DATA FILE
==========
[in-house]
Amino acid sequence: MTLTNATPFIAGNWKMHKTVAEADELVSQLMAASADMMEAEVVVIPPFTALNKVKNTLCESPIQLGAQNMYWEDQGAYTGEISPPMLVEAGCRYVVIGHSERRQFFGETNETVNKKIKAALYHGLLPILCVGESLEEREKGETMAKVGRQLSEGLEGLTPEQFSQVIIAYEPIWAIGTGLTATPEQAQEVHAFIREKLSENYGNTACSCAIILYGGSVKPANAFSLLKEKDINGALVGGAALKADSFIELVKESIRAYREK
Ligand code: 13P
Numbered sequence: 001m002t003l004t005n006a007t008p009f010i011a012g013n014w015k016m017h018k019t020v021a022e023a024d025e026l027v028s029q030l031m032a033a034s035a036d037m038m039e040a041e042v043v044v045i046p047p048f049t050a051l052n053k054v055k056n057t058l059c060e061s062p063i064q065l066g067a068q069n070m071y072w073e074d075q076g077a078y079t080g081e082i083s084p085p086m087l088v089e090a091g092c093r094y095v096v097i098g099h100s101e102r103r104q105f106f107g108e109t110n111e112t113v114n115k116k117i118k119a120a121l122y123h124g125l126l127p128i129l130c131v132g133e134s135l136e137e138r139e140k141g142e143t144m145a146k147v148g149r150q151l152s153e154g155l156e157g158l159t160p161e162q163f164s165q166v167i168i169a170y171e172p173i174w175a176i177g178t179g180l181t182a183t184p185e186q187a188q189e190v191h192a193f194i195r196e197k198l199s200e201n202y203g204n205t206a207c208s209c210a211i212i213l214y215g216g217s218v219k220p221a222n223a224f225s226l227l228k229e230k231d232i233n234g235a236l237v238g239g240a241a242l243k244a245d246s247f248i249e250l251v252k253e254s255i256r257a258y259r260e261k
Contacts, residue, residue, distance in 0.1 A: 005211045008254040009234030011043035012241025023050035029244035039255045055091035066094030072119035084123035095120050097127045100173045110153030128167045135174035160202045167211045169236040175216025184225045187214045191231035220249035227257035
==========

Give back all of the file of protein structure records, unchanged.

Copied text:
[in-house]
Amino acid sequence: MTLTNATPFIAGNWKMHKTVAEADELVSQLMAASADMMEAEVVVIPPFTALNKVKNTLCESPIQLGAQNMYWEDQGAYTGEISPPMLVEAGCRYVVIGHSERRQFFGETNETVNKKIKAALYHGLLPILCVGESLEEREKGETMAKVGRQLSEGLEGLTPEQFSQVIIAYEPIWAIGTGLTATPEQAQEVHAFIREKLSENYGNTACSCAIILYGGSVKPANAFSLLKEKDINGALVGGAALKADSFIELVKESIRAYREK
Ligand code: 13P
Numbered sequence: 001m002t003l004t005n006a007t008p009f010i011a012g013n014w015k016m017h018k019t020v021a022e023a024d025e026l027v028s029q030l031m032a033a034s035a036d037m038m039e040a041e042v043v044v045i046p047p048f049t050a051l052n053k054v055k056n057t058l059c060e061s062p063i064q065l066g067a068q069n070m071y072w073e074d075q076g077a078y079t080g081e082i083s084p085p086m087l088v089e090a091g092c093r094y095v096v097i098g099h100s101e102r103r104q105f106f107g108e109t110n111e112t113v114n115k116k117i118k119a120a121l122y123h124g125l126l127p128i129l130c131v132g133e134s135l136e137e138r139e140k141g142e143t144m145a146k147v148g149r150q151l152s153e154g155l156e157g158l159t160p161e162q163f164s165q166v167i168i169a170y171e172p173i174w175a176i177g178t179g180l181t182a183t184p185e186q187a188q189e190v191h192a193f194i195r196e197k198l199s200e201n202y203g204n205t206a207c208s209c210a211i212i213l214y215g216g217s218v219k220p221a222n223a224f225s226l227l228k229e230k231d232i233n234g235a236l237v238g239g240a241a242l243k244a245d246s247f248i249e250l251v252k253e254s255i256r257a258y259r260e261k
Contacts, residue, residue, distance in 0.1 A: 005211045008254040009234030011043035012241025023050035029244035039255045055091035066094030072119035084123035095120050097127045100173045110153030128167045135174035160202045167211045169236040175216025184225045187214045191231035220249035227257035